Healing from a Distance
By Lisa Nicklanovich
Telemedicine is a tool that makes healthcare more accessible. It allows physicians to practice medicine virtually. It used to be primarily utilized as a way to reach patients who had difficulties accessing a physician, such as seniors and those residing in rural or other remote locations. That all changed with COVID-19 when our state and local governments asked us to social distance.
Many providers went from not practicing telemedicine at all to using it for the majority of patient appointments – within a couple of weeks. The surge was aided by the relaxation of federal regulations on privacy and reimbursement that previously limited the use of telemedicine. Patients were having doctor visits using a smartphone, tablet or laptop or using a patient portal web browser to speak with their provider safely from their own home by video.
There have always been many benefits to telemedicine. The patient usually does not have to wait as long for an appointment or drive to an appointment and wait in the waiting room. With telemedicine, less time is needed off from work and childcare is not needed. The patient is not exposing others to contagious diseases or being exposed themselves. From a provider perspective, telemedicine dramatically reduces the use of personal protective equipment.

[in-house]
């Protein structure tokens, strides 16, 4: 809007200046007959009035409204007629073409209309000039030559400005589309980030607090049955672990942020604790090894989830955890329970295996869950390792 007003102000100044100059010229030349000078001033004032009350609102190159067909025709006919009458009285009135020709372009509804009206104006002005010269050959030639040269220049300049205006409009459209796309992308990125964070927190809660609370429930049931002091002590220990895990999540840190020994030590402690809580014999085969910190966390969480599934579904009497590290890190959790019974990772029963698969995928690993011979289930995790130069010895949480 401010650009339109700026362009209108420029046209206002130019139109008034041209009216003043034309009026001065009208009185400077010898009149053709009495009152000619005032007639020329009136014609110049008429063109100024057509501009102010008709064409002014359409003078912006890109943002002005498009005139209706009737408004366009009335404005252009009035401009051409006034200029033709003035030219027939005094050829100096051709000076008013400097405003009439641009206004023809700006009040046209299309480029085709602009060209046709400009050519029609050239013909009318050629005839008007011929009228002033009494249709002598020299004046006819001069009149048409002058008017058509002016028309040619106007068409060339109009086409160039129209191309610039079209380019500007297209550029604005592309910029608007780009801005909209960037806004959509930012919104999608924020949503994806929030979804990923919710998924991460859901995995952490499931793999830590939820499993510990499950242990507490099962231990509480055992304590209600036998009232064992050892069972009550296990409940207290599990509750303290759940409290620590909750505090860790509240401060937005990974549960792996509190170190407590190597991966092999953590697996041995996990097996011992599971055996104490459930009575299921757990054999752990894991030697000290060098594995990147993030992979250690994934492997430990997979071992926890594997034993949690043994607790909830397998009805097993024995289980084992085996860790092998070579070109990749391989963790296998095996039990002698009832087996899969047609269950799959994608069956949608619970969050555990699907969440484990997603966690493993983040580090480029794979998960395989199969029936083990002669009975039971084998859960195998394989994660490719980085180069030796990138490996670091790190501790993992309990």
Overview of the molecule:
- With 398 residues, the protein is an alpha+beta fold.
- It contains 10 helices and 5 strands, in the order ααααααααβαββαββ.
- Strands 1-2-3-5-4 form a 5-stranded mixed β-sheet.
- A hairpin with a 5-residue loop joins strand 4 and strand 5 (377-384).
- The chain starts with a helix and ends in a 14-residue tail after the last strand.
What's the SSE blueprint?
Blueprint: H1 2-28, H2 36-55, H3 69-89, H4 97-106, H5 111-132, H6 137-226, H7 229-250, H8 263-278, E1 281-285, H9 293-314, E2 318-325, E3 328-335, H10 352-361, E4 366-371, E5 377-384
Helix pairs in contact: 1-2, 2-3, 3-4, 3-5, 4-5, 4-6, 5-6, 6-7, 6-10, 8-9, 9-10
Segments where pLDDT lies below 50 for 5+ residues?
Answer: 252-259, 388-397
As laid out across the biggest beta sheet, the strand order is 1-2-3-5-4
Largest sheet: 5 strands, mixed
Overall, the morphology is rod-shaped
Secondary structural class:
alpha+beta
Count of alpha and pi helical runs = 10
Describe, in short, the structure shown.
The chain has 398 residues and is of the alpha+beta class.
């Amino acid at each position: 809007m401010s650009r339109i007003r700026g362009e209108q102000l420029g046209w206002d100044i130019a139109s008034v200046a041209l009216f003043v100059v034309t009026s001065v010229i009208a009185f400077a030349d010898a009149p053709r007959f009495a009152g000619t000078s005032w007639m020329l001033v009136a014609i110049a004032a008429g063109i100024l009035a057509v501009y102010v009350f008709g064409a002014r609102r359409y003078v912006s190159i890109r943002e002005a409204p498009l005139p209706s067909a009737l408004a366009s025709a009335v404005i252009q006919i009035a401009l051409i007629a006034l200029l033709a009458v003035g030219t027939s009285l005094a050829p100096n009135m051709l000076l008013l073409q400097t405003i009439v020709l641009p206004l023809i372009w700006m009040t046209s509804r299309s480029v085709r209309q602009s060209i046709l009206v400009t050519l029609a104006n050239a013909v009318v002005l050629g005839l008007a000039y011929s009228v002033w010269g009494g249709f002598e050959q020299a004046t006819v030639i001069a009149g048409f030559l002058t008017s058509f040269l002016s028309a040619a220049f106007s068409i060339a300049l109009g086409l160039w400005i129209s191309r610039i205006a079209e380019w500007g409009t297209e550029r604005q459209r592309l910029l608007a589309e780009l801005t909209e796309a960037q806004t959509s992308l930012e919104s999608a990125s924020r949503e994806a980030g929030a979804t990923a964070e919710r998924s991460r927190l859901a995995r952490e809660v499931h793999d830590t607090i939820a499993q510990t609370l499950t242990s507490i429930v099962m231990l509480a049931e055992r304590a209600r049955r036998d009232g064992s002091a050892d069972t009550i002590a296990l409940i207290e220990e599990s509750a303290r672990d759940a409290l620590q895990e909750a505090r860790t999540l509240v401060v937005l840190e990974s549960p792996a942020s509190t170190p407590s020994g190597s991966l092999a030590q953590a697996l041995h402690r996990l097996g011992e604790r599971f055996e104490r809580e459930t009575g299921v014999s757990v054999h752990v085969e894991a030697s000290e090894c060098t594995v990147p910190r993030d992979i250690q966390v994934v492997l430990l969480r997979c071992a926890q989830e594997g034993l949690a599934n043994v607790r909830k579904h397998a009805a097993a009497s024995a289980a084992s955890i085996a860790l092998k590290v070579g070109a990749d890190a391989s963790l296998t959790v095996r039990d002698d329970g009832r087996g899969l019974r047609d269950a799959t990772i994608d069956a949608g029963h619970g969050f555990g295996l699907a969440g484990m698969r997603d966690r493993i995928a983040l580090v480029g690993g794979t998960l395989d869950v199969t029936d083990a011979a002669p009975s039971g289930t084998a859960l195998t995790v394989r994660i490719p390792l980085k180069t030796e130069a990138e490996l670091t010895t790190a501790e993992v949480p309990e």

“Truly, we are watching the telehealth industry and American healthcare overall transform in front of our eyes,” said Hannah LaDow, MPH, Account Manager at NextGen Healthcare, Inc. “COVID-19 is the catalyst that catapulted telehealth to the forefront of safe, effective healthcare provision, giving patients a time and cost-saving option to see their own doctors when they need them,”
Lynn Jost, a community resident said, “Telehealth has been a great alternative for my healthcare needs during these strange times. It was very easy to set up an account and get up and running to speak with my providers in minutes. I think I’d like to continue using telehealth if the appointment was a simple checkup or something minimal where I don’t need to see the provider in person. The ease of it all was too convenient to not want it in the future.”
LaDow added that the field is getting much more sophisticated. Emerging integrated technologies like digital spirometers that evaluate respiratory issues and electrocardiogram enabled smartwatches are increasingly being used to assess patients’ physical conditions virtually.
Dr. Brian J. Burns, MD, an internal medicine specialist and community resident stated, “I think the younger folks in our community will definitely ‘get it’ as far as understanding telemedicine. I would encourage our older population to have an open mind as we use technology to touch more lives and heal more people.”